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Louis D

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About Louis D

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  1. As long as you keep dust caps on both ends of your OTA (and a plug in the focuser for Newts), you should be good for preventing dust intrusion. I've seen folks using shower caps for this purpose if their scope didn't come with end caps. Dust on the outside is of no importance, and shouldn't be much of an issue anyway in a closet/cupboard. As far as damage prevention, bubble wrap is surprising good for this purpose. I've had an ST80 in a gym bag wrapped in bubble wrap near the bottom of the closet for 20+ years, and it has nary a single ding or dent and the focuser works fine. I was a bit concerned at first in the 90s, but time has proven my worries to be unfounded. When I put my daughter's camping telescope kit together, I bought a 22" long duffel/gym bag and wrapped her 127 Mak in bubble wrap before putting it in the main compartment. I then wrapped the finder scope in bubble wrap and put it in a side pocket. Other pockets hold various accessories. It's worked out pretty well for her. She loves the fact I picked out a purple bag (her favorite color) as well.
  2. There varying degrees of edge LC with wide angle eyepieces. I find it noticeable and intrusive with my 30mm ES-82, but almost non-existent in my 30mm APM UFF. It's quite noticeable in my 13mm and 17mm AT AF70 eyepieces, but almost non-existent in my 12mm and 17mm ES-92 eyepieces. As far as Morpheus eyepieces, it's quite noticeable, along with field curvature and astigmatism, in my 14mm's outer 15%, but all are pretty much non-existent in my 9mm. I have no experience with the 4.5mm.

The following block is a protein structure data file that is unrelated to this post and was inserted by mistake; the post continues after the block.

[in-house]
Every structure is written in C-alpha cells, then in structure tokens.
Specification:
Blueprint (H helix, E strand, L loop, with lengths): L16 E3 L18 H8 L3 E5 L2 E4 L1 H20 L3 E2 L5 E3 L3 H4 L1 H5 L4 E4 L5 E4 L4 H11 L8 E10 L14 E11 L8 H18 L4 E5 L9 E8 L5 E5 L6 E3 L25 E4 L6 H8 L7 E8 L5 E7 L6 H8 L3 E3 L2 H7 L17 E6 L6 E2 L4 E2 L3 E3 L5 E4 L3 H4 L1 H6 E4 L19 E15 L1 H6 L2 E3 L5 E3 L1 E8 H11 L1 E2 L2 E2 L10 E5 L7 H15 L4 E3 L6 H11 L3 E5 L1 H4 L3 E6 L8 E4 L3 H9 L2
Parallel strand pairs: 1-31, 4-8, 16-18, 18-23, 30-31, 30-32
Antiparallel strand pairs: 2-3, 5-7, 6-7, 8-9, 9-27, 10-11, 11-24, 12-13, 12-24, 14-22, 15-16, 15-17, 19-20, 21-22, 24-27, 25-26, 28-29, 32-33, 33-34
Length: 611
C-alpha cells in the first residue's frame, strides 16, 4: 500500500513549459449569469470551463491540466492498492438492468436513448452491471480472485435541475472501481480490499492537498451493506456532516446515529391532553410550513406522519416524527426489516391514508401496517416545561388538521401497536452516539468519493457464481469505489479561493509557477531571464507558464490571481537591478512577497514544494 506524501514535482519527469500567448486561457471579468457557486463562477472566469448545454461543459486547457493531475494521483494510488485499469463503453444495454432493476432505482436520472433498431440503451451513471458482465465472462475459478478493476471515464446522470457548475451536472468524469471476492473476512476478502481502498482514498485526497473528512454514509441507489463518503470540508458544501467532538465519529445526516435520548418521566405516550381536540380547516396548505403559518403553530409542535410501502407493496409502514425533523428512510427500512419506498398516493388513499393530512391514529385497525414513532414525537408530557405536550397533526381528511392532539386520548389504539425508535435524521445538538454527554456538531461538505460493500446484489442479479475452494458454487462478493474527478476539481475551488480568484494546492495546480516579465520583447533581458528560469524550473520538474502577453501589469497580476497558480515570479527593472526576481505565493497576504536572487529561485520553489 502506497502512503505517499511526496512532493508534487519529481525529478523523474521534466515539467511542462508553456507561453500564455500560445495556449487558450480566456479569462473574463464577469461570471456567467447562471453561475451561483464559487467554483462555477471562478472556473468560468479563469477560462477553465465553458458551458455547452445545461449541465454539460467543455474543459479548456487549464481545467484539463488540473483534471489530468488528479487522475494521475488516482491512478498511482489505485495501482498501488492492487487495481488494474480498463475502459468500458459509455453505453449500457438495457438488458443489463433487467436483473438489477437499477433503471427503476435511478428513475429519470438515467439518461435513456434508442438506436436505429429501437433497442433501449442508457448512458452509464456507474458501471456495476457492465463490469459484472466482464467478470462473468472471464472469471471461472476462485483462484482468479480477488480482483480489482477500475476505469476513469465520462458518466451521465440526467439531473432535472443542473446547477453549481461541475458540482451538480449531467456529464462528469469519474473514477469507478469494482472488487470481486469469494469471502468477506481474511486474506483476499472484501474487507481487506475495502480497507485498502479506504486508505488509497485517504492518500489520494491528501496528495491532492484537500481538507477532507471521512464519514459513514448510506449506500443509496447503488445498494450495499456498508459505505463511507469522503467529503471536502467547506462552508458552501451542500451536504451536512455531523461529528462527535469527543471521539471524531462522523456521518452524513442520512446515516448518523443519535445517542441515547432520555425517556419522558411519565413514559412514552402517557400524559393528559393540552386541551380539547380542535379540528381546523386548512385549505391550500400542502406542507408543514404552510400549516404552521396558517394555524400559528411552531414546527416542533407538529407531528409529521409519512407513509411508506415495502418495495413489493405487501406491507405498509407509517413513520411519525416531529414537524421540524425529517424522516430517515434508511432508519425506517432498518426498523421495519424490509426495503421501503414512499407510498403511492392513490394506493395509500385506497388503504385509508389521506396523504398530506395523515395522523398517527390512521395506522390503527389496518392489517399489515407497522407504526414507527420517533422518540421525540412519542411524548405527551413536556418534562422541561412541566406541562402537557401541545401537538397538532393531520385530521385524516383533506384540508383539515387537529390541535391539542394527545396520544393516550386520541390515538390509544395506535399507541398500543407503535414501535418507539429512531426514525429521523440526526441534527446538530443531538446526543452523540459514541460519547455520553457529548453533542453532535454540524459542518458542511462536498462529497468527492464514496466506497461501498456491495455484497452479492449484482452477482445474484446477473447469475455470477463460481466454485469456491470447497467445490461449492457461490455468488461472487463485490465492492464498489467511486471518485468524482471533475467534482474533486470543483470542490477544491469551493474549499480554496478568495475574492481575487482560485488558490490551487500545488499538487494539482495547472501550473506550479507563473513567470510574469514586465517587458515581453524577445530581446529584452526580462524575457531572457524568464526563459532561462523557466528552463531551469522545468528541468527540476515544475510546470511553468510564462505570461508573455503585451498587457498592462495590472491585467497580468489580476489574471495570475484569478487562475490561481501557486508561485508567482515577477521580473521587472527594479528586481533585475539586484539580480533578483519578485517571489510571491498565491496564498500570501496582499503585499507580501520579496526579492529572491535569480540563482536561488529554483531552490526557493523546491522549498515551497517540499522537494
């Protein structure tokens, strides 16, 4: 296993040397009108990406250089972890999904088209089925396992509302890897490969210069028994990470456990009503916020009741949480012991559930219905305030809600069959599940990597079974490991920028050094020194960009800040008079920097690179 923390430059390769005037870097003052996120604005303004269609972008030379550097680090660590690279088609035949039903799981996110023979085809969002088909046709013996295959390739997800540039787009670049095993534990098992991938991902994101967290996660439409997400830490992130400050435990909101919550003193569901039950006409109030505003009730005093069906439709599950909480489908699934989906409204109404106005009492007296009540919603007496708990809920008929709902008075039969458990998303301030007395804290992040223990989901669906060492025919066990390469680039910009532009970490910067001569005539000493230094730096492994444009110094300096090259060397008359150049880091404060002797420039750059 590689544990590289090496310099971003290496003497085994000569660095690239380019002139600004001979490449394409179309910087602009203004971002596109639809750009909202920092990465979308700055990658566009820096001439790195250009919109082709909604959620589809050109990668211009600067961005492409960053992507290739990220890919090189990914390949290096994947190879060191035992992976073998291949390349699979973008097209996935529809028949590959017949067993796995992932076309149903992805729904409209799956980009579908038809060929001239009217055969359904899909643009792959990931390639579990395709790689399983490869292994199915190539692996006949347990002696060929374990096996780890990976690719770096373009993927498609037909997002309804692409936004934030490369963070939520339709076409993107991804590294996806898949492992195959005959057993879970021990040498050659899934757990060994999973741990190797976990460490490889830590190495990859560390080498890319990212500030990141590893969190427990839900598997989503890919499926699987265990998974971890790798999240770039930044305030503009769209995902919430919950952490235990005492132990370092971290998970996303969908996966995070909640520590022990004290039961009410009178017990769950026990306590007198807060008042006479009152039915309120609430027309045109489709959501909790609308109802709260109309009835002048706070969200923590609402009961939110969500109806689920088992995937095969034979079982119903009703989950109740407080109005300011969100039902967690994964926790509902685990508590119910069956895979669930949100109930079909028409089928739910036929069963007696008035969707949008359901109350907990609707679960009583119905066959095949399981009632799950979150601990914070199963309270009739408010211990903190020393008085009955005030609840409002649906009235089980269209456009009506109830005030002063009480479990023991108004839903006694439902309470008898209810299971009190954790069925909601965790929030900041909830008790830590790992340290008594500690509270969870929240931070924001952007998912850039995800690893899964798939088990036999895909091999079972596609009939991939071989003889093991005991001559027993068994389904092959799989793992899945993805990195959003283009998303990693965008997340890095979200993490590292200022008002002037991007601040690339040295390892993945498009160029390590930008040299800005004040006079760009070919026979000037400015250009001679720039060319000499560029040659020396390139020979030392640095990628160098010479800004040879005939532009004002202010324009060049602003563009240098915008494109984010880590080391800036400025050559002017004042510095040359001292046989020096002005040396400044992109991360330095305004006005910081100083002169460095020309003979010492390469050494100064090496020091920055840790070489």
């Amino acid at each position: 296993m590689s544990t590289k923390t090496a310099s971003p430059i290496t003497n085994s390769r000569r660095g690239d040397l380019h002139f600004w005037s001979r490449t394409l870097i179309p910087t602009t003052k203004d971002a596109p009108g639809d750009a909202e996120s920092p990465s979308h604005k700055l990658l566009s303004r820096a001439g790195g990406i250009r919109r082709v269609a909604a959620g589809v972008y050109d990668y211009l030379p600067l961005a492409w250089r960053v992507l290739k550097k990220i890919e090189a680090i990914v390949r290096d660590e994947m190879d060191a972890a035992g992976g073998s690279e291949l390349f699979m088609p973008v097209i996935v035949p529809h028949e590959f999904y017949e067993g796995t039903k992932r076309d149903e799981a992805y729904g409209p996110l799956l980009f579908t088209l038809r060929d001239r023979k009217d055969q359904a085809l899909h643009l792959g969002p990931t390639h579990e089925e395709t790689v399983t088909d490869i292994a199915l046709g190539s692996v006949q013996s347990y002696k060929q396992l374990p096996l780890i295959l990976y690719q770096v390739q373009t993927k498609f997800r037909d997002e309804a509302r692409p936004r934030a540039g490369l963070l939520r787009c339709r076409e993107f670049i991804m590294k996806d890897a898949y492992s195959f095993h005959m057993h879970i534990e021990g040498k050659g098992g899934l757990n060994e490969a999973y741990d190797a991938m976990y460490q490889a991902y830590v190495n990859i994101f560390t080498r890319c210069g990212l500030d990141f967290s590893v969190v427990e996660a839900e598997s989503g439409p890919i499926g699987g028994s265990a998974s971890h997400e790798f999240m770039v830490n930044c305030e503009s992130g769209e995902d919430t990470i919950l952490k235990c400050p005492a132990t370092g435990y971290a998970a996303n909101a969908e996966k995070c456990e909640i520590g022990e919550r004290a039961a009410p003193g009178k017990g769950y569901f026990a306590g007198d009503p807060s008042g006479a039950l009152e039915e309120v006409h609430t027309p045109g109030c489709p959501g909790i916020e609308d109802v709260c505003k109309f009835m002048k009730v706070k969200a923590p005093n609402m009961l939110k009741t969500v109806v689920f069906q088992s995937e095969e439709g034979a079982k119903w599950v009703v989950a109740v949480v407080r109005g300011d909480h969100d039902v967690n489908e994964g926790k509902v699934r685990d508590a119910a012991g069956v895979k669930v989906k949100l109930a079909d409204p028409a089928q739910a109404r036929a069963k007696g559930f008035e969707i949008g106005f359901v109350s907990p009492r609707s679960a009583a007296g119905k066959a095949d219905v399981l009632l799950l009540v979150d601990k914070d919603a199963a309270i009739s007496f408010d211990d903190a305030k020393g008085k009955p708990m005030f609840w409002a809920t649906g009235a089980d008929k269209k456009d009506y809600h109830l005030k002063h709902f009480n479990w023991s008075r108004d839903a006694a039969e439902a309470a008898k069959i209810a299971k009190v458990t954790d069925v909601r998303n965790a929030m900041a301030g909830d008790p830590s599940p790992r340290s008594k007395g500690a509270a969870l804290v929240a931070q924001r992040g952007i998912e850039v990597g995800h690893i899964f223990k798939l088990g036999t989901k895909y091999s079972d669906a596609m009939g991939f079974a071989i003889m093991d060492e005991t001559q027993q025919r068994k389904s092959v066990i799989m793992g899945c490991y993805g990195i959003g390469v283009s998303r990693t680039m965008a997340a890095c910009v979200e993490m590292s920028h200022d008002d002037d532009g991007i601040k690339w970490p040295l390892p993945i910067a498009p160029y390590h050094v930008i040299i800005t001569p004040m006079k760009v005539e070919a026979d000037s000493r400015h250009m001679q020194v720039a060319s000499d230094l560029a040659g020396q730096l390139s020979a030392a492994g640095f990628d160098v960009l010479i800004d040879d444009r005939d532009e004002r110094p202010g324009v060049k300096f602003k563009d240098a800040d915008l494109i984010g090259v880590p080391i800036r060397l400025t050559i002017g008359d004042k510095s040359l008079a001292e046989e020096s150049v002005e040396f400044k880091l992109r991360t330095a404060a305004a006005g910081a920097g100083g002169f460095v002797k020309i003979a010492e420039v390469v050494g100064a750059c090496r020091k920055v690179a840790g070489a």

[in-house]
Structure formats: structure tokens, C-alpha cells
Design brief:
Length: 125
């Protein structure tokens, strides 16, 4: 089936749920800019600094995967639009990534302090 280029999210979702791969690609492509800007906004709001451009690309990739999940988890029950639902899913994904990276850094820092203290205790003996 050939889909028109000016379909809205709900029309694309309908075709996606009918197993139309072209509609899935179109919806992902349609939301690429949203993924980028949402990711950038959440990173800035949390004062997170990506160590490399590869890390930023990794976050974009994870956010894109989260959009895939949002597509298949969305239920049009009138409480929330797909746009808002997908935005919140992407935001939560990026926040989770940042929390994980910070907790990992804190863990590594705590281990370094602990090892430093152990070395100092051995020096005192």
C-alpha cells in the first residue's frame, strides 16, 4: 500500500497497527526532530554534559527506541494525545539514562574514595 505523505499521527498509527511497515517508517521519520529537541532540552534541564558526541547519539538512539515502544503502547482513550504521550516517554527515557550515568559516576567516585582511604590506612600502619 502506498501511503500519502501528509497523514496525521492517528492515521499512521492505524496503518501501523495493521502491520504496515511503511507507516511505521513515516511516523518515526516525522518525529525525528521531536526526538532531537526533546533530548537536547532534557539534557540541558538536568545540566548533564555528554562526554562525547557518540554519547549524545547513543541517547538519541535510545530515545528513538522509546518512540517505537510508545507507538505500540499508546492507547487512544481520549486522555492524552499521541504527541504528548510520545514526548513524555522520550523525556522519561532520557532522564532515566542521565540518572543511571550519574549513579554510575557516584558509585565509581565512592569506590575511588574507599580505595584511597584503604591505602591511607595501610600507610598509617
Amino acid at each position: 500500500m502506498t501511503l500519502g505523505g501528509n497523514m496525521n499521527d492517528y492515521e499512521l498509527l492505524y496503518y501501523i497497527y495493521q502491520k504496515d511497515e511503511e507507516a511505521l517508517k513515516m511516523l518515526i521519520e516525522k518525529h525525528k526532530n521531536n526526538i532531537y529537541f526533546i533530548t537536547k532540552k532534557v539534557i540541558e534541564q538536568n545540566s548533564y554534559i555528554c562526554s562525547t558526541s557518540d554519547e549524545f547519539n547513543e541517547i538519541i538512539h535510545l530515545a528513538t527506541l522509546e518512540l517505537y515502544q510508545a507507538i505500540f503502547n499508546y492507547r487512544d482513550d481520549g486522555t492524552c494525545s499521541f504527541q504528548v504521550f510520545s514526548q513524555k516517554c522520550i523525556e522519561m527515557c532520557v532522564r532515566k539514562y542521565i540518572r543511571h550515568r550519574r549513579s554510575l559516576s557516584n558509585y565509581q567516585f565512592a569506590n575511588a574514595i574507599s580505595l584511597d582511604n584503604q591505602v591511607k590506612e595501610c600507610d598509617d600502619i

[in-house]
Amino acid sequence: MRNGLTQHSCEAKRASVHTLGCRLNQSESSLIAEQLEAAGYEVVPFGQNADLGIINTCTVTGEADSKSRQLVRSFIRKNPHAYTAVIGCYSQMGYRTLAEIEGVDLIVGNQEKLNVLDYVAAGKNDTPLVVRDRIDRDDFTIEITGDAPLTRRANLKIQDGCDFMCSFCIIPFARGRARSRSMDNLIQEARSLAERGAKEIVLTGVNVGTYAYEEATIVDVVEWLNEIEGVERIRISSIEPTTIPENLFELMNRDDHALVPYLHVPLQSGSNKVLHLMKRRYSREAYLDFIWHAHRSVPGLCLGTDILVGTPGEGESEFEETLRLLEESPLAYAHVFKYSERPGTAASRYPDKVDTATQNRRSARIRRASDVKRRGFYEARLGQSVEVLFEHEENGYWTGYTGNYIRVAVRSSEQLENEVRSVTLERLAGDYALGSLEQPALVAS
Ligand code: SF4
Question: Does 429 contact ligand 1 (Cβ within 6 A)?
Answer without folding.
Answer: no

3. Why? Are you planning to travel via airlines with them as checked baggage? The cost of true flight quality aluminum cases would be more than your telescopes. The cheap ones from China only have metal at the edges. The textured shiny parts in between are actually textured plastic and are easily punctured. I would look for large plastic totes, sealing or non-sealing, your choice, if you have a need to stack heavy weight on your scopes in storage at home. If nothing is going to be compressing them, simply wrap them in bubble wrap and put them in a large duffle bag or tripod/light-stand/gig case and stand them on end in a closet.
  4. The Vixen SLVs are being closed out by FLO for a good price. They view very similarly to the Pentax XL/XW, just much narrower.
  5. I would just find a sturdy duffel bag of sufficient size to hold the OTA and accessories, plus bubble wrap around everything. I did that for my daughter's 127 Mak so she can take it camping and not look expensive in the open back of an SUV like a flight case would. For the tripod and mount, I got her a Gator bag. They are very sturdy. You might want to bubble wrap the mount, but I wouldn't bother with the legs.
  6. You might also invest in a full aperture solar filter to expand your observing opportunities into the daytime. I've been using a home-made cell for Baader Solar Film for 20+ years.
  7. There are quite a few folks who have many eyepieces. Jim Barnett and Tamiji Homma on CN both report having hundreds of eyepieces, though each has thinned the herd over time. I'm sure there's some folks on SGL that have hundreds as well. I have just over 60 myself.